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Old 26th November 2013, 10:56 PM   #129460  /  #101
borealis
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Read my posts with the following stupid accent: Canada
Yes:



They vary quite a lot in fur colour and length, mask extent, etc.
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Old 26th November 2013, 11:26 PM   #129462  /  #102
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Read my posts with the following stupid accent: the thin one out of Laurel & Hardy
where do these guys sit on the carnivora family tree, they sort of look like a bit of everything
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Old 27th November 2013, 02:18 AM   #129468  /  #103
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Read my posts with the following stupid accent: Canada
They are cousins of coatis and olingos and kinkajous, procyonids. I'd have to look it up but I think they are distantly related to bears.

They are omnivores and love human food trash. There are successful populations in most North American cities. They will get into attics and have babies there which is a serious problem - think 10kg. rats.

I like them, they're clever fearless little bastards with hands, but they can be very bitey if you get too close and make terrible pets, so of course people do make pets of them.
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Old 28th November 2013, 06:18 PM   #129576  /  #104
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A relatively large percentage of them is rabid, too. So, never a good idea to approach one--especially if it seems really friendly.
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Old 28th November 2013, 08:17 PM   #129583  /  #105
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Read my posts with the following stupid accent: Canada
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A relatively large percentage of them is rabid, too. So, never a good idea to approach one--especially if it seems really friendly.
Not so much this side of the border. In the US there's a serious raccoon rabies problem, but Canadian raccoons are mostly free of the disease. New Brunswick occasionally sees a rabid one - illegal American immigrant raccoons.

http://www.inspection.gc.ca/animals/.../1356157139999
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Old 12th December 2013, 04:36 AM   #130461  /  #106
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Read my posts with the following stupid accent: Canada
I made sandwiches for the crows this morning. I've been saving bacon fat and bread ends and had a fair amount, so I tore the bread into crow size pieces, swiped a gob of fat on one and jammed another down on it and tossed them in the crow-feeding spot. Eleven crows showed up less than ten minutes later and had a little party in the light snow that fell last night.

It's really cold this week. Fat is good for crows, even reduced-salty old bacon grease, if it helps them get through the winter.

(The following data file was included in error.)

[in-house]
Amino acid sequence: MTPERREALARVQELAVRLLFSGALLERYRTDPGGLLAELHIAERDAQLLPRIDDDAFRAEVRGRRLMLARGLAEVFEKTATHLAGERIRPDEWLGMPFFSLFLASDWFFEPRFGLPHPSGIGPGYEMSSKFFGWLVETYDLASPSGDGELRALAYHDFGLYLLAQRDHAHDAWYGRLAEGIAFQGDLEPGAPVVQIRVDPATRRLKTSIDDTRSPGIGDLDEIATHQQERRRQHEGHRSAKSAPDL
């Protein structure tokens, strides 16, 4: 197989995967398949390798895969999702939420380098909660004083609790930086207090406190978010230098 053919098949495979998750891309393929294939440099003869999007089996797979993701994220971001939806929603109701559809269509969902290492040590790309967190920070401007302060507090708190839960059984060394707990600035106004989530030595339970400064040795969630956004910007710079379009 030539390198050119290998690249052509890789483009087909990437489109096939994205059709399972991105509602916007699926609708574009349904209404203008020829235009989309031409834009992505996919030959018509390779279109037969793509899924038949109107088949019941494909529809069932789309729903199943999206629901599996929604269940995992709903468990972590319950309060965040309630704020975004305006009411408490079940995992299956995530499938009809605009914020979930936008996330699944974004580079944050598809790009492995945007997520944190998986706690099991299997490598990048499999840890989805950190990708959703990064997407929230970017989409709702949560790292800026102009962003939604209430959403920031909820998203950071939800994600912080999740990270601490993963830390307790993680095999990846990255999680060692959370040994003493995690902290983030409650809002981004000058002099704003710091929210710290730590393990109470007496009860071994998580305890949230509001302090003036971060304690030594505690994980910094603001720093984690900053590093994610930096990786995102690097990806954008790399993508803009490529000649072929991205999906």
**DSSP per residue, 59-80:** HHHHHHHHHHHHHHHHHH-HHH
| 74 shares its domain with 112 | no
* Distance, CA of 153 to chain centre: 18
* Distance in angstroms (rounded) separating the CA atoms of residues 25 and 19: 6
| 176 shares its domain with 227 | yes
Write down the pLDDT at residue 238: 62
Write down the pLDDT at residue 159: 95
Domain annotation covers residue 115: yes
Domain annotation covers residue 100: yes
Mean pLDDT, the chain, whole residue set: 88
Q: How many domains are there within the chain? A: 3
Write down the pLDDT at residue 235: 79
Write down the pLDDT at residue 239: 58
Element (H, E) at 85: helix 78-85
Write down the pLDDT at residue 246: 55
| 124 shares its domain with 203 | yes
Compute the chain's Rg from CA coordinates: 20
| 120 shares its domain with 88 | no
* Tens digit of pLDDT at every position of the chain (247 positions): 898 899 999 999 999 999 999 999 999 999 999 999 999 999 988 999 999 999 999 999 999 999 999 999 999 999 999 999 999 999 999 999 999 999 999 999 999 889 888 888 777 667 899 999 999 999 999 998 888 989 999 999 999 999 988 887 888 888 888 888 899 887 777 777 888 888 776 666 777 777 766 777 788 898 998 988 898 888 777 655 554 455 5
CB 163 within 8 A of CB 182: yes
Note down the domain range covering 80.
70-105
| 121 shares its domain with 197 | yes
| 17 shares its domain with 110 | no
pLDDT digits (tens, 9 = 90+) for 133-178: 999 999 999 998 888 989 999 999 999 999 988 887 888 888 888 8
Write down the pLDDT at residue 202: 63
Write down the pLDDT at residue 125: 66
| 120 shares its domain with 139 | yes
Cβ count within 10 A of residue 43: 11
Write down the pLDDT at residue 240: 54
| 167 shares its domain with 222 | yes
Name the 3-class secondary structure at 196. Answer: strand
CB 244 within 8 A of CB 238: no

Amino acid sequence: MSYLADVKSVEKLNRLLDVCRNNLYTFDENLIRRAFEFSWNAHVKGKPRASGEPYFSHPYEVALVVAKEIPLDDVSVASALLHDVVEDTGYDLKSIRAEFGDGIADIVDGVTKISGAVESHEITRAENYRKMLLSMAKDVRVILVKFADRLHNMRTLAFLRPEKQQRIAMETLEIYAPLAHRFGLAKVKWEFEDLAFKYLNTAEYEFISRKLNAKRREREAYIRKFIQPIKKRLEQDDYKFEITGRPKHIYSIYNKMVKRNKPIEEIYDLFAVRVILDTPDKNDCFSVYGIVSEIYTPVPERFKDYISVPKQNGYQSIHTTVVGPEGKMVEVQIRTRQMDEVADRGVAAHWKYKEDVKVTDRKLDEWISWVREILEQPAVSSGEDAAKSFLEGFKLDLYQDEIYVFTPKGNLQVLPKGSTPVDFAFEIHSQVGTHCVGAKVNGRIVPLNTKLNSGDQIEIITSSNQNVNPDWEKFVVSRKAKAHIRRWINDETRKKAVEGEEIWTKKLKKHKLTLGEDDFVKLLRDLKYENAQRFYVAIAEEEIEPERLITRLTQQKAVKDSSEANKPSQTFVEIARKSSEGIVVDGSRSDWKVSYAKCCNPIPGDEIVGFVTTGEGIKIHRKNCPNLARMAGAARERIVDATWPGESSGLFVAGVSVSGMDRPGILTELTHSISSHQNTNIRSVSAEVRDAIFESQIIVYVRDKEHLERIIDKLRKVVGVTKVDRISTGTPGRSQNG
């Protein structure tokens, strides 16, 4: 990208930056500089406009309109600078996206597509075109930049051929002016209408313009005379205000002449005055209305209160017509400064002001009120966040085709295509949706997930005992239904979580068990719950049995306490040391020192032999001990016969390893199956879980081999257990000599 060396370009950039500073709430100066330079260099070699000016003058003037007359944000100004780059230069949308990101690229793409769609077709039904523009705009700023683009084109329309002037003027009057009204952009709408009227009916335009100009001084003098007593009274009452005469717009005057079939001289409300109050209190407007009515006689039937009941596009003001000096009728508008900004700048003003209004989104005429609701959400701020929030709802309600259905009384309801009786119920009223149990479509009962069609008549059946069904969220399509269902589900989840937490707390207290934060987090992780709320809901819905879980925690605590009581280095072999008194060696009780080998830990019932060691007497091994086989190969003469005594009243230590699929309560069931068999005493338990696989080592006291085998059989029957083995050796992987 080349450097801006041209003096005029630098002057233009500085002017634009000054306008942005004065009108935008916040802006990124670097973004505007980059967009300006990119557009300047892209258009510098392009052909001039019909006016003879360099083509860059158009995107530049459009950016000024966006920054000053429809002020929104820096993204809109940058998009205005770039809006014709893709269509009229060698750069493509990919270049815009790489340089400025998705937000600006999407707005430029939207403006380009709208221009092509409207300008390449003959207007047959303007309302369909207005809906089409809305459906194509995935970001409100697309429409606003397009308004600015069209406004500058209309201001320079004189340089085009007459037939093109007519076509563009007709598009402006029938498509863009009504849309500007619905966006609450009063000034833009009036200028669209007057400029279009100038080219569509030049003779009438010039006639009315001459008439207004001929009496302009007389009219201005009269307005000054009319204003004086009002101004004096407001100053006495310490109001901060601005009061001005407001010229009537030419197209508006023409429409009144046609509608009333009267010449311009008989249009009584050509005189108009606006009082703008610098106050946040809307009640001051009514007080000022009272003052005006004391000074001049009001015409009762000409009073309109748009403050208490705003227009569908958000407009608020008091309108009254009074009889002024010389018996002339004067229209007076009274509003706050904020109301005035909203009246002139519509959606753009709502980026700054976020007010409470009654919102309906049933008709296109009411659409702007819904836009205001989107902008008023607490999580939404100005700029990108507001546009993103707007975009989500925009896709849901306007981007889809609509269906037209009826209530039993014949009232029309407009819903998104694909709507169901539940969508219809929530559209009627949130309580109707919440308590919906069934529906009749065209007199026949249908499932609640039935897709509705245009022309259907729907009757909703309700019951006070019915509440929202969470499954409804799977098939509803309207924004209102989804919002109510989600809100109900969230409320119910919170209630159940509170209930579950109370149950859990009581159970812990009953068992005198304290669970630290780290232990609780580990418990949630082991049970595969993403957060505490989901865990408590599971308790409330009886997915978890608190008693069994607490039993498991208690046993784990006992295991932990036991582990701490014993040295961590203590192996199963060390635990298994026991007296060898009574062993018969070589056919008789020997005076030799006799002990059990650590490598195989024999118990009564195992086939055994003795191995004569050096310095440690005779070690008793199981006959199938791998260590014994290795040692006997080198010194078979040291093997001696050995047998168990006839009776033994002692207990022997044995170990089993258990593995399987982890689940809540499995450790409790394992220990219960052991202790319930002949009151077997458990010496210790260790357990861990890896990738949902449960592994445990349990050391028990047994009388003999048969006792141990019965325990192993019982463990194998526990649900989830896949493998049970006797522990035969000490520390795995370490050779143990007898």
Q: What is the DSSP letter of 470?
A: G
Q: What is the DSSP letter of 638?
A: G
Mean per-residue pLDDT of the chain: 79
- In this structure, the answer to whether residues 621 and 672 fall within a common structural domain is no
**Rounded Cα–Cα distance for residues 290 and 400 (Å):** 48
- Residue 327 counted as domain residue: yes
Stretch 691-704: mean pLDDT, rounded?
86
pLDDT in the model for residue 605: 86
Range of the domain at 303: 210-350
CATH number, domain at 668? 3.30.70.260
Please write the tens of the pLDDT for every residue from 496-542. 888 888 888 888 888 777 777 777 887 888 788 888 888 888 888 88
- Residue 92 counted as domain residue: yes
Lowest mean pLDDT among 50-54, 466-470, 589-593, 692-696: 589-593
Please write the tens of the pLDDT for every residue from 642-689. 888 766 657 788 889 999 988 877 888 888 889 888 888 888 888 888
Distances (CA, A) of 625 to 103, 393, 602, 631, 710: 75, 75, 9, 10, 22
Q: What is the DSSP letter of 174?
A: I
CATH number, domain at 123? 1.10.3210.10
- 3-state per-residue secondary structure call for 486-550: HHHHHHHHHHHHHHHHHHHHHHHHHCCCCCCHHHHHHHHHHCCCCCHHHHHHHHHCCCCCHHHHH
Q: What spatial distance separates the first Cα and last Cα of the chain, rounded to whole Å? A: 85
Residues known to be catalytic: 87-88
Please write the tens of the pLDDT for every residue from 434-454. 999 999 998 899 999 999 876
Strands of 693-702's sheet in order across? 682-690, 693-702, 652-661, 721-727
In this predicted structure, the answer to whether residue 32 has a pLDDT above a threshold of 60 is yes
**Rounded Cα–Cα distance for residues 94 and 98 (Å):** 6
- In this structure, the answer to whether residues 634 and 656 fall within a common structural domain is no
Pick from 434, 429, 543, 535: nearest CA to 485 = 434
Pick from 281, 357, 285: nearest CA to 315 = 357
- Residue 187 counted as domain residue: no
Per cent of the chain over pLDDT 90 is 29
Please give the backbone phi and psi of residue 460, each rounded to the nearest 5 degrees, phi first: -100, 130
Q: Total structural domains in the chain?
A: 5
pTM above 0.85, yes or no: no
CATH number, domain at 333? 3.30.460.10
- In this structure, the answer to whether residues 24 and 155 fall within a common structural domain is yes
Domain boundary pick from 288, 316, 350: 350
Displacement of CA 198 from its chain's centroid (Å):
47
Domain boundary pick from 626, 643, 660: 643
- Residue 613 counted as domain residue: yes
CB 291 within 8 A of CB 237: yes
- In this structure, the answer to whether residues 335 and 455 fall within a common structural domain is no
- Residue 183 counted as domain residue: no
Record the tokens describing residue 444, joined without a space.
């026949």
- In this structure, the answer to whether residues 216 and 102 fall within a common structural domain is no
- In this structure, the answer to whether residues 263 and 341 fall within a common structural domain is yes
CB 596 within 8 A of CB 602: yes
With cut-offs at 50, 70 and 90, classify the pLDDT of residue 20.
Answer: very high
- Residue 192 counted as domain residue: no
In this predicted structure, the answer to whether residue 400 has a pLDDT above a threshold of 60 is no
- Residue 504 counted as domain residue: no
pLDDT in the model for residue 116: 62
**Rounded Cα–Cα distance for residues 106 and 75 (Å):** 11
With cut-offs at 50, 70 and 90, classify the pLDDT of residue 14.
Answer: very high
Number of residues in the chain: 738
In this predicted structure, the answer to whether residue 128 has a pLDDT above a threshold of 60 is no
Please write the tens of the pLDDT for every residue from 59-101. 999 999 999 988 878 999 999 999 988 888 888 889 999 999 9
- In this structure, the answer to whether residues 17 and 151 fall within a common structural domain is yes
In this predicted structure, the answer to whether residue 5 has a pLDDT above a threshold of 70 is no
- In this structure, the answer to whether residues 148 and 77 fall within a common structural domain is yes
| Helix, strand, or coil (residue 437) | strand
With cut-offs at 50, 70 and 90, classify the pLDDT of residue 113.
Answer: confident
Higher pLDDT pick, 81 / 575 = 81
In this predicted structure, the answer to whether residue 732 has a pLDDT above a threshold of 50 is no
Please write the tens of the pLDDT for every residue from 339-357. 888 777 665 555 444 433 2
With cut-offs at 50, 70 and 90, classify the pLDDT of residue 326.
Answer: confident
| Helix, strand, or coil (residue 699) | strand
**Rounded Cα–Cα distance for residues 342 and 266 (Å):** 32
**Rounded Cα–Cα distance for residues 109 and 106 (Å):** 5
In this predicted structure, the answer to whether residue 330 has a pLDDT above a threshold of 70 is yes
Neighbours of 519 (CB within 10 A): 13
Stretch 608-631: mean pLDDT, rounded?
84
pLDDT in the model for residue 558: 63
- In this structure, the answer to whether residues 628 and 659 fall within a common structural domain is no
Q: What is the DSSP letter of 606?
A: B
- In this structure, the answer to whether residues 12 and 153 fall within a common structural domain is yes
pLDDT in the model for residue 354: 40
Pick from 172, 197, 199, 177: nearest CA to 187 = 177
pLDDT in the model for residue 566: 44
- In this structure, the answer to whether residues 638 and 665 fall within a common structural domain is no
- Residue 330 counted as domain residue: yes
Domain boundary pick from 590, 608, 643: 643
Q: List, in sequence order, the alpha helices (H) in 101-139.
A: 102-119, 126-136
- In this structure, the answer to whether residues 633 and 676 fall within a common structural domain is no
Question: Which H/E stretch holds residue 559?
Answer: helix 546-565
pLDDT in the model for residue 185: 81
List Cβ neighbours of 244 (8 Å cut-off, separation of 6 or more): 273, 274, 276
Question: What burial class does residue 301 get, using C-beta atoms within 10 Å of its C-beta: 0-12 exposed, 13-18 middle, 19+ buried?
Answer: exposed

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Old 12th December 2013, 04:45 AM   #130462  /  #107
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What to do about a young magpie with a seriously deformed beak ..the parents are weening it and I fear it is going to starve.
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Old 12th December 2013, 04:51 AM   #130463  /  #108
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Read my posts with the following stupid accent: Canada
Sad.

Can it grasp food? We have no magpies in this province so I don't even know what they normally eat.

We do have wildlife rehabilitators who are licensed to take in injured animals and try to help them if possible. Got people like that anywhere near?
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Old 12th December 2013, 06:40 AM   #130470  /  #109
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Read my posts with the following stupid accent: Nyfb
bacon is good for crows, but bread I'm not so sure about
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Old 12th December 2013, 10:17 AM   #130476  /  #110
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Read my posts with the following stupid accent: the thin one out of Laurel & Hardy
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What to do about a young magpie with a seriously deformed beak ..the parents are weening it and I fear it is going to starve.
what's wrong with the beak exactly?
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Old 12th December 2013, 12:40 PM   #130479  /  #111
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Read my posts with the following stupid accent: Canada
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Originally Posted by MSG View Post
bacon is good for crows, but bread I'm not so sure about
Bread is short on fat and protein, which is the main reason for not feeding vast quantities of it to birds, esp. small ones. The crows mostly get meat scraps from me, but I thought the fat would be good for them, and the bread was the easiest way to portion it out.